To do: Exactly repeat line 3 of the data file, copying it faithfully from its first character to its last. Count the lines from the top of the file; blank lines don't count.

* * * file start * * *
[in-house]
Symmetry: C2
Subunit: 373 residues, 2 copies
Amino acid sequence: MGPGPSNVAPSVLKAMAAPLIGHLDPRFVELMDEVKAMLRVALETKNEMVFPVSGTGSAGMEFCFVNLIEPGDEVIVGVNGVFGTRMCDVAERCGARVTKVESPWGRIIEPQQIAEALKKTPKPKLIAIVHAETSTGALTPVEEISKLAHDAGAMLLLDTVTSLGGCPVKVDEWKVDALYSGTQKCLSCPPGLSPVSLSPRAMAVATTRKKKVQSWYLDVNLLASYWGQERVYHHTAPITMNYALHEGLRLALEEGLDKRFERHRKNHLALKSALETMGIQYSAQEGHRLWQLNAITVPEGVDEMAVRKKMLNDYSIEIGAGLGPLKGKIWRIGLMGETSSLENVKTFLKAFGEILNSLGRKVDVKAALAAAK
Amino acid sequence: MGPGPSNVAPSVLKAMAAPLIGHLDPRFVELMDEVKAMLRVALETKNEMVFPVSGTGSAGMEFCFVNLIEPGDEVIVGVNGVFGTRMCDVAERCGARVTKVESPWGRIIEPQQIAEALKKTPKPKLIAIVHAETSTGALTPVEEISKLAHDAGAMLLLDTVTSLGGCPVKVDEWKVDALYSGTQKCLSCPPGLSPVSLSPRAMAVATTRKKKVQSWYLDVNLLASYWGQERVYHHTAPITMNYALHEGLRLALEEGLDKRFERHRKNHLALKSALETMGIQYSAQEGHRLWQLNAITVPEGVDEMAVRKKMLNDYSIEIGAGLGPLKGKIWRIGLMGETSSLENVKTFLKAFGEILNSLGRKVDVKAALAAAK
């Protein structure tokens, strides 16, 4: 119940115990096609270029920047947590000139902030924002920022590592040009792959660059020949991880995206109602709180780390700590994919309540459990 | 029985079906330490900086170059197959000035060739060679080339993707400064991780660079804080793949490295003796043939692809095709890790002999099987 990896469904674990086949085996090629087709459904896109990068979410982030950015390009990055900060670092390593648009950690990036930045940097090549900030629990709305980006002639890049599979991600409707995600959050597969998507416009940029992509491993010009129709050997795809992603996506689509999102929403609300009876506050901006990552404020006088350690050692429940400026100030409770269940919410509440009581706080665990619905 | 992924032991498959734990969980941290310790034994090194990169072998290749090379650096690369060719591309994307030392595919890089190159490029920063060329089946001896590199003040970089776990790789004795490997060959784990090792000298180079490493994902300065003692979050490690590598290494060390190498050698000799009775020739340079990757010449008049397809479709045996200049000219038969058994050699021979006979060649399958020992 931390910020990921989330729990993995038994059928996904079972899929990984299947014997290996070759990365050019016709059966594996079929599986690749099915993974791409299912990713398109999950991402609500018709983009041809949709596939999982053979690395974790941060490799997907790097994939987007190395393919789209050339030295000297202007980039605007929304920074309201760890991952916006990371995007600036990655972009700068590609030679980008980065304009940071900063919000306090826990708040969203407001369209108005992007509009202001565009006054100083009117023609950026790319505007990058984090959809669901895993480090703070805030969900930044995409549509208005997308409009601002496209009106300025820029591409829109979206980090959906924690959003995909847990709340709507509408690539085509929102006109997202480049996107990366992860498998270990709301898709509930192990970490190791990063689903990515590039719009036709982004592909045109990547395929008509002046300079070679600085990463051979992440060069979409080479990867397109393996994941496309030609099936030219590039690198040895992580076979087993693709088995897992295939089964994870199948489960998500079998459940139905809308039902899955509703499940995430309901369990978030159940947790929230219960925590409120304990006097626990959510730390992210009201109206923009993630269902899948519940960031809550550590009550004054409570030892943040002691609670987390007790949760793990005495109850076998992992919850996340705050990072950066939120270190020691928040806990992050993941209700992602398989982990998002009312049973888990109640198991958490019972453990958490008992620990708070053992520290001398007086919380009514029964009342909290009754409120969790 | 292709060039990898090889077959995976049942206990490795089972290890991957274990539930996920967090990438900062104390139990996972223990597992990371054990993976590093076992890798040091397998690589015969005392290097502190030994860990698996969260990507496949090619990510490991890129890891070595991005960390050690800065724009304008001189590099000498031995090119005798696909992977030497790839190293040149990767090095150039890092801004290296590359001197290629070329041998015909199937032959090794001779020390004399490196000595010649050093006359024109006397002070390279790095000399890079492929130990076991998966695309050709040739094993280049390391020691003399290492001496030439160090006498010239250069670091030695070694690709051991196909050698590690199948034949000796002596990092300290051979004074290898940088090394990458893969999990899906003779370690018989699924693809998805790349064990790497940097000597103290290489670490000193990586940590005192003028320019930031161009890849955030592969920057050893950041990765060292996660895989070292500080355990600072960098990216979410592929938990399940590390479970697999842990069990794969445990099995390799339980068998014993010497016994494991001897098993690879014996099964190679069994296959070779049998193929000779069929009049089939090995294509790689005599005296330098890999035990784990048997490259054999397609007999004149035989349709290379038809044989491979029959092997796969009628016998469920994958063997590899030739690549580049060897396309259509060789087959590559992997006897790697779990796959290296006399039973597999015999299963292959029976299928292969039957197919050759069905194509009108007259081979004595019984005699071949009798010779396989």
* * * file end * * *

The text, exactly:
Subunit: 373 residues, 2 copies